Monday, February 27, 2012

Forest City's Bender, Cantone testify in Ridge Hill trial; no quid pro quo in Jereis hiring, but they strung him along until Annabi voted; developer nearly desperate, ordered Spano to get his brother's help

Today was no red-letter day for developer Forest City Ratner. Though not charged in the Yonkers corruption case, two key Forest City executives involved in the $650 million Ridge Hill project--Scott Cantone and Bruce Bender--took the stand and had to explain the company's curious and even desperate behavior in ensuring the project's approval.

Surely the federal jury must have wondered why exactly the developer--the greatest beneficiary of the alleged bribes paid by defendant Zehy Jereis, a former Yonkers Republican chairman, to defendant Sandy Annabi, a former Yonkers Council Member--remains unscathed.

After all, they were concerned about Jereis's persistent requests for a consulting gig, which began before Annabi's vote, so they strung him along, and finally signed him up a few months after Annabi changed her vote in mid-2006 to green-light Ridge Hill.

Defense attorneys did get the Forest City government relations executives to acknowledge that Jereis never requested a quid pro quo. And the execs acknowledged that Annabi never knew anything about Jereis's requests. Nor did they know Jereis had funneled money to her.

(Jereis's defense is that he spent money--$174,000 over some years--on Annabi because he was infatuated with her.  Annabi, who denies a romantic relationship, claims she changed her vote on Ridge Hill and the other project involved in the trial, Longfellow, because developers made concessions. However, Forest City's concessions on Ridge Hill did not meet all those she'd requested, were not new, and were deemed minor by others.)

And prosecutors, gingerly managing their not-quite-squeaky-clean witnesses, got Bender and Cantone to affirm that no, they would never have hired Jereis for what was essentially a no-show job had they known he had been paying Annabi's bills. (Then again, Cantone testified last week that they wouldn't have hired Jereis if he hadn't helped get Annabi's vote.)

Ultimately, the testimony illuminated the urgent, nearly desperate posture of Forest City, which had committed at least $70 million on Ridge Hill, found factionalized Yonkers politics "crazy," found a unique situation given that Annabi wouldn't even meet with them, and didn't want to see their investment go sour.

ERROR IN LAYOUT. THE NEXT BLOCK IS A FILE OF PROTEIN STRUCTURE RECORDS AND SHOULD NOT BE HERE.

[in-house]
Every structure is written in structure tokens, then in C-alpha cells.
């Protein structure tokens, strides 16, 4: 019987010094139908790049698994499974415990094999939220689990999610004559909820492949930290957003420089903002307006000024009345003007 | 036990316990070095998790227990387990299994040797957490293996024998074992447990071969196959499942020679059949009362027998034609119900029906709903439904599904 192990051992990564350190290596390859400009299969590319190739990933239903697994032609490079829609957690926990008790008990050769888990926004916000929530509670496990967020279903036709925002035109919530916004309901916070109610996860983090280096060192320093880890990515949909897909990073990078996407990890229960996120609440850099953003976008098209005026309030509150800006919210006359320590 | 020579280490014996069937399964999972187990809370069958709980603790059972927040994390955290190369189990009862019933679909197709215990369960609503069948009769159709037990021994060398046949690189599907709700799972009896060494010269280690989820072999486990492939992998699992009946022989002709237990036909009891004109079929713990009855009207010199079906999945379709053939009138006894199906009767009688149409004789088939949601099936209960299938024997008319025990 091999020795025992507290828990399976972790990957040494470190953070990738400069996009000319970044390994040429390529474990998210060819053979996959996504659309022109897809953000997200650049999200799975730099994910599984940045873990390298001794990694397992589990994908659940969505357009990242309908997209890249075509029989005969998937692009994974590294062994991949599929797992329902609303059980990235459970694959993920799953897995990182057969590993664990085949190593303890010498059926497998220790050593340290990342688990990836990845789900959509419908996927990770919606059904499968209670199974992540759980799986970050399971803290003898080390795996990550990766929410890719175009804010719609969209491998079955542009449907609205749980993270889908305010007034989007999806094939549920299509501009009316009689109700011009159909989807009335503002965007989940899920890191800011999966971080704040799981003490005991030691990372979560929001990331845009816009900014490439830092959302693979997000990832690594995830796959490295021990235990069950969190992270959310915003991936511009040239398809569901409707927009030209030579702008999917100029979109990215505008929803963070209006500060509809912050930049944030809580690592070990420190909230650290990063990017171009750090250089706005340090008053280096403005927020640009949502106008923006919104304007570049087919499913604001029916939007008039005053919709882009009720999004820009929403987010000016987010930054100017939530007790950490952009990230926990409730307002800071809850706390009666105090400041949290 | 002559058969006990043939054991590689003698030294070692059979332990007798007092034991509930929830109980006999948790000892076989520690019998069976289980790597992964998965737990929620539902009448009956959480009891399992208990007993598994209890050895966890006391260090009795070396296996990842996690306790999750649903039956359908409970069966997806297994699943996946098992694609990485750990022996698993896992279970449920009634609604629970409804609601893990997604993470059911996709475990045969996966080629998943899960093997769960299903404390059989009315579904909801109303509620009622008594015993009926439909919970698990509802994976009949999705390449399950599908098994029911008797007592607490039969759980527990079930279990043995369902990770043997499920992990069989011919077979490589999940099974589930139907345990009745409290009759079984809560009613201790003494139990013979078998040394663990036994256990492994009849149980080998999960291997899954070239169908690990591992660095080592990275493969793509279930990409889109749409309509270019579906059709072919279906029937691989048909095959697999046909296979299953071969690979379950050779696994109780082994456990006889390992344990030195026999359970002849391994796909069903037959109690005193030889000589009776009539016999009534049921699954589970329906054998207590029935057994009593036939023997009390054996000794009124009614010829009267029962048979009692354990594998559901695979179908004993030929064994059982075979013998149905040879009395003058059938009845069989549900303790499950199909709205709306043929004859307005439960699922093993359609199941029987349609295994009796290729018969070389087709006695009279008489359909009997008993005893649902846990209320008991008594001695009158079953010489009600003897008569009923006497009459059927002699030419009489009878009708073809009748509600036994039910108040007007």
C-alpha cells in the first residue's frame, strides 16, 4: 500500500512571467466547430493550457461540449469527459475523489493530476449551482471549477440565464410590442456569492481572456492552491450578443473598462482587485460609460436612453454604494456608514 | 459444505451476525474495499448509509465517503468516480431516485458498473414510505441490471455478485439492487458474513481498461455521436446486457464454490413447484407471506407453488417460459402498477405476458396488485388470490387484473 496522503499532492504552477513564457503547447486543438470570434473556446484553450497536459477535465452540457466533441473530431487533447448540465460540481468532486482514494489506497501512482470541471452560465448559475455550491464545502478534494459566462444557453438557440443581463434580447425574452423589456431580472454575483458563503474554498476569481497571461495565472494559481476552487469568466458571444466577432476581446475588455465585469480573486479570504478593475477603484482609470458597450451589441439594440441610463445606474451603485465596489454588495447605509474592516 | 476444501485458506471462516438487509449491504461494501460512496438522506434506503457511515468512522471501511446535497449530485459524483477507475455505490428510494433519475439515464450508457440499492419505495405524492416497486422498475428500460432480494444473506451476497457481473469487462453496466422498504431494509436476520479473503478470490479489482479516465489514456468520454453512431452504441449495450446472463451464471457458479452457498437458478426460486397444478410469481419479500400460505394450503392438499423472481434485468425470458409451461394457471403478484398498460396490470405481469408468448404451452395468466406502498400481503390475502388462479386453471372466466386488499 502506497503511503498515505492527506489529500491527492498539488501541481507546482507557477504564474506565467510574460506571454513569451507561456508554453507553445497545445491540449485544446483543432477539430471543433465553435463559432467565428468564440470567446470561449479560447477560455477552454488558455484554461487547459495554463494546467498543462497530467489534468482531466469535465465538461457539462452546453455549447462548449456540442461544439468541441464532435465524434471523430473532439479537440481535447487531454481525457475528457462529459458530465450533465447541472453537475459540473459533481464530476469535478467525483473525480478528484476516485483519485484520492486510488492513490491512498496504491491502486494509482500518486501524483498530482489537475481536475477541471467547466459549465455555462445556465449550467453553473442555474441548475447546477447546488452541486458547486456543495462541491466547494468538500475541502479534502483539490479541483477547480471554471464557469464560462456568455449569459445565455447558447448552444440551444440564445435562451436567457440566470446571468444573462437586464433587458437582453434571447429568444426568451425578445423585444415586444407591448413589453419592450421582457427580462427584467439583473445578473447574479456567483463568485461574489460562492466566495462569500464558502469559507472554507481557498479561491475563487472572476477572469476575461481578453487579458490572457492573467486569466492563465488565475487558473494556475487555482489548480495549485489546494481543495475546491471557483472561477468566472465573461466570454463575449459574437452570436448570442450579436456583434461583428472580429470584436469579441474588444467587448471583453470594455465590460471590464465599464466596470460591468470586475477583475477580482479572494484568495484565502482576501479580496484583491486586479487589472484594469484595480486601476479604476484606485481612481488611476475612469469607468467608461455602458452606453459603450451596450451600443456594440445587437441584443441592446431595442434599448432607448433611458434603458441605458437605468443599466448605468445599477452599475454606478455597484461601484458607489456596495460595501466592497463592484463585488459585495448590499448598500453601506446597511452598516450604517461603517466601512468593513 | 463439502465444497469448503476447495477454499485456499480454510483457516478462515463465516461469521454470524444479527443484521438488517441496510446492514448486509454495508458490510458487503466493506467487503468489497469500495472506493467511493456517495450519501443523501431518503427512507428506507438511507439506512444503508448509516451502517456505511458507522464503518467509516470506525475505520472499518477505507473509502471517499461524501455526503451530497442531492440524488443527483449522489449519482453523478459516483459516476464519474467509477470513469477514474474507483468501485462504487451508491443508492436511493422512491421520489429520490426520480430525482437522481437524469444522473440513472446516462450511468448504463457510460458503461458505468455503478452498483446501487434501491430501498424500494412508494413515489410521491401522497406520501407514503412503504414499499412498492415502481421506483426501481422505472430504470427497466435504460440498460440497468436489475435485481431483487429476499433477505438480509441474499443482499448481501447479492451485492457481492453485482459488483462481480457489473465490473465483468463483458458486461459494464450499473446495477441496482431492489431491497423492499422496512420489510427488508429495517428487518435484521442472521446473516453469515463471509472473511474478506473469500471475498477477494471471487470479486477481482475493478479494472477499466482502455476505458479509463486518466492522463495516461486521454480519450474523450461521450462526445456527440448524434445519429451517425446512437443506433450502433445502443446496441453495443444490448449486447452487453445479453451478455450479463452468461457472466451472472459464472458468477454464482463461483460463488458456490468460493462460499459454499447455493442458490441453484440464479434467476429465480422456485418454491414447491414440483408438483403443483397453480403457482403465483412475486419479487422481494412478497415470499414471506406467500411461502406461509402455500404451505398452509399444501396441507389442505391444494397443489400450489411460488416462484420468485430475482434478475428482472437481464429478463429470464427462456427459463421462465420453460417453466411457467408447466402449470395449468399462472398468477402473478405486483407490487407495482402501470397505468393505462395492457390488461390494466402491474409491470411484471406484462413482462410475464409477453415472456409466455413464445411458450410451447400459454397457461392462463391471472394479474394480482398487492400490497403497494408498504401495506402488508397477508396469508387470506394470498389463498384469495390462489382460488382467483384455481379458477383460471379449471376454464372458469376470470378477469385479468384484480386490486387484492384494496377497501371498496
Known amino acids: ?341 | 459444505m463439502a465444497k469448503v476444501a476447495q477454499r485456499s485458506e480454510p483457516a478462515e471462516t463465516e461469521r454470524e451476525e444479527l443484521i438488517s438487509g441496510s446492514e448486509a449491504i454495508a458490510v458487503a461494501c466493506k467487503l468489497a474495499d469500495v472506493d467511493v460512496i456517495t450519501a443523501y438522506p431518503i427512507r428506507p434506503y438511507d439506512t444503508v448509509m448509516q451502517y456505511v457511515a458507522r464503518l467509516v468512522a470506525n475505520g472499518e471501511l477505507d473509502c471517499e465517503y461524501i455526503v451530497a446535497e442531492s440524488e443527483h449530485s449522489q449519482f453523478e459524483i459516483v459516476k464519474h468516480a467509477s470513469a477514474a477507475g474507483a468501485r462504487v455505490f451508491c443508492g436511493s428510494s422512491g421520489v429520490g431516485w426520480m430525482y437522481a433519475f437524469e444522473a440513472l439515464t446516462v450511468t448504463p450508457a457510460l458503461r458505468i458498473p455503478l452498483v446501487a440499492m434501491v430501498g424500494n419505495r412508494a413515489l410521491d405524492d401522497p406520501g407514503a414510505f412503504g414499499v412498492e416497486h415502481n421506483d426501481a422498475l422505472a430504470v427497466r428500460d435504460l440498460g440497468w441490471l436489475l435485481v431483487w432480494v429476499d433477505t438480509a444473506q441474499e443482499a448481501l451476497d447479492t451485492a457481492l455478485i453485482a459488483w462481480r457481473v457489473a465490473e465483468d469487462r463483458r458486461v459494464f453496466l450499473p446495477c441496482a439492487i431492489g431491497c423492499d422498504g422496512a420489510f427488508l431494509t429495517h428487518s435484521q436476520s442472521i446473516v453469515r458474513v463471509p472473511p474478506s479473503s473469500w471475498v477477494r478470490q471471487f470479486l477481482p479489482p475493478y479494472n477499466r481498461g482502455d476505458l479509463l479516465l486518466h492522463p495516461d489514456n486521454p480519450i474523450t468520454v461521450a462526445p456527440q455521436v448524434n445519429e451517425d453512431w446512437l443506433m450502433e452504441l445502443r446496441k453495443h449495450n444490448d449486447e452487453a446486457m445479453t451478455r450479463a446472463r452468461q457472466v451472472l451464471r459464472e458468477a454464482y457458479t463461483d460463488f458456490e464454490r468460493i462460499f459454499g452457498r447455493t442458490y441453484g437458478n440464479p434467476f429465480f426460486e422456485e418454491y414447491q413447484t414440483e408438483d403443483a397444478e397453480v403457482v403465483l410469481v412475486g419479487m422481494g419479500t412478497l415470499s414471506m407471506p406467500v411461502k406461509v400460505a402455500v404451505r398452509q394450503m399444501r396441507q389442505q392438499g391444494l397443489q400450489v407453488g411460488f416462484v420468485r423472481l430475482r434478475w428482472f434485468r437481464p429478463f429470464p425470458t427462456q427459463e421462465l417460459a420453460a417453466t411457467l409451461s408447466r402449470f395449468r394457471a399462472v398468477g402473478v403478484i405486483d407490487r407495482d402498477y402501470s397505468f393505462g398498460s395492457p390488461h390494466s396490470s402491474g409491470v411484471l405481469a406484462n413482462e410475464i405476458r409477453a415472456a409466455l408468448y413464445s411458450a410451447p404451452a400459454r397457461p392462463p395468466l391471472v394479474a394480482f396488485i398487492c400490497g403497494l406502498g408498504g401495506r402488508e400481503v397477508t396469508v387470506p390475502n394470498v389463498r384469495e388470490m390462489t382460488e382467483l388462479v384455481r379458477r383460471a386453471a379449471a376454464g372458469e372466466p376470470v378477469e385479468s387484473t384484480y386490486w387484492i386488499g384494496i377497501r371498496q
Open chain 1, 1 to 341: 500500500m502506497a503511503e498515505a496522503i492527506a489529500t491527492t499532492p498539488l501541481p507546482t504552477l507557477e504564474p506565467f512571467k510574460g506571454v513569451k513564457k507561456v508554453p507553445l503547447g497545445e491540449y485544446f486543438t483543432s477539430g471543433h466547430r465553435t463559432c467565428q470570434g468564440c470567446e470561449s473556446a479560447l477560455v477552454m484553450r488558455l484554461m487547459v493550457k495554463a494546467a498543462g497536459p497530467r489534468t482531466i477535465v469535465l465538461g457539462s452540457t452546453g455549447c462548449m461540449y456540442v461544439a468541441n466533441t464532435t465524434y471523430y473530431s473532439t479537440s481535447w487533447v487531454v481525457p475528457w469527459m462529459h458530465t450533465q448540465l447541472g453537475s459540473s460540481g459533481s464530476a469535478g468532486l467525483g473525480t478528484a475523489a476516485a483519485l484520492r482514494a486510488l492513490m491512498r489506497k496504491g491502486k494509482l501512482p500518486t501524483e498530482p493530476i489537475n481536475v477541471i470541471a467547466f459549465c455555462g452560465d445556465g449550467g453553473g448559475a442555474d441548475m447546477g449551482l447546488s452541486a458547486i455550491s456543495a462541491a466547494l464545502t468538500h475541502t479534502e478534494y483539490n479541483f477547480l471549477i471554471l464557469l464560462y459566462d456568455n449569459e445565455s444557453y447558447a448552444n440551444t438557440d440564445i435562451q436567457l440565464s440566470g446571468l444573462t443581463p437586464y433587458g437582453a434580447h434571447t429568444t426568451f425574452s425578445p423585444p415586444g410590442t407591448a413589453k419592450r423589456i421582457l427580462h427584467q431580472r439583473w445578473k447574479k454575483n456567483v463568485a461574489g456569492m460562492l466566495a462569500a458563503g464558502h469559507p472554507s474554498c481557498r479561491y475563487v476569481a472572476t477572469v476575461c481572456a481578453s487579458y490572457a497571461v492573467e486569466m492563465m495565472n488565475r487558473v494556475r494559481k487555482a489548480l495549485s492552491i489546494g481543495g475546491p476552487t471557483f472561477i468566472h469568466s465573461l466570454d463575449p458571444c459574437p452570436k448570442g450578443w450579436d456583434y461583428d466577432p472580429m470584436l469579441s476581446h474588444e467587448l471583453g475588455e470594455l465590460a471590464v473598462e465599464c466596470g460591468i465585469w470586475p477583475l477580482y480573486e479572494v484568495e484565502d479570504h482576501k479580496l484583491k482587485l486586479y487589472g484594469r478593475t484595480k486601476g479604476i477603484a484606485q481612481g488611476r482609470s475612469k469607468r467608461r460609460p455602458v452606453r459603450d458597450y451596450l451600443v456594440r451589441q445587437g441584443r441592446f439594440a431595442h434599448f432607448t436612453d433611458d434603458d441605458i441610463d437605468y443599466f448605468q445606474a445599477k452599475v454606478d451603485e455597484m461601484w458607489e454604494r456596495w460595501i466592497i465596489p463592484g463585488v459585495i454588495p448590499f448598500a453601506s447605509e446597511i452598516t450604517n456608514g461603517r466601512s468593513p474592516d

After lobbyist Mike Spano, who's now the mayor of Yonkers, told Bender that he and others had been unable to budge Annabi, Bender replied pungently in an email: "No fucking around. Get Sandy on board. Tell your brother we need help now."

Spano's brother Nick, as Yonkers political watchers know, is a local political powerbroker, a state Senator-turned-lobbyist who just happened to plead guilty to tax charges earlier this month.

Sketchy behavior

But Forest City Ratner did hire Jereis--and paid him $15,000 for three months--as a kind of reward for helping win Annabi's support, and they didn't seem to care that his invoices were sketchy--at least not until news of a federal investigation surfaced and the payments stopped.

Beyond that, the trial illuminated some curious Forest City practices, in which meetings with Annabi and Jereis were inaccurately described internally as with "Friends of Yonkers" and with "consultants," neither of which were accurate.

Moreover, in two cases, Forest City agreed to concessions that were never delivered--an echo of promises made in the Atlantic Yards saga.

Also, both Bender and Cantone saw their credibility challenged when faced with grand jury testimony that they initially didn't remember.

If the jury had cause to wonder about Bender and Cantone, that wonder was compounded by learning, upon Bender's cross-examination, that he not only had recently left Forest City, but was starting a firm called Bender Cantone Consulting. That thus indicated that Cantone, who in testimony had been described only as a Forest City employee, was also leaving the powerful developer.

Who actually hired Jereis, Bender was asked at one point.

"The company is a collective," Bender said, prompting a query from Judge Colleen McMahon as to whether an individual offered him the job.

Bender's answer was oblique: "Ultimately, it's based on the approval of Mr. [Bruce] Ratner."

Bender will be back on the stand when the trial resumes at 9:30 a.m. in federal court. Cantone's testimony has concluded.

As with testimony Thursday, Forest City had executives David Berliner and Michael Rapfogel in the room, as well as outside public relations counsel Joe DePlasco.

Cantone: we strung Jereis along

The trial resumed with direct examination of Cantone, who wore a gray suit and a generally stoic expression.

Assistant U.S. Attorney Perry Carbone reminded him how Jereis, after a 6/2/06 initial meeting with Forest City executives at Marco Polo Ristorante in Brooklyn, was able to set up a meeting with Annabi, who had previously rebuffed the developer.

"How did you view this development?" Carbone asked.

"It was a very interesting development for us," responded Cantone, who said that the company had been told by various people--elected officials, unions--"that all roads to Sandy Annabi go through Zehy Jereis." Others, he noted, had warned them against going through Jereis.

But the 4-3 pro-project alignment on the City Council had become insufficient after a County of Westchester vote against the project necessitated a supermajority on Council and thus a fifth vote.

By the end of June 2006, how much money had Forest City spent on Ridge Hill?

"Approximately $70 million," responded Cantone.

Was Forest City aware that Jereis had paid $10,000 for Annabi's Mercedes, paid off loans, and otherwise rewarded Annabi financially?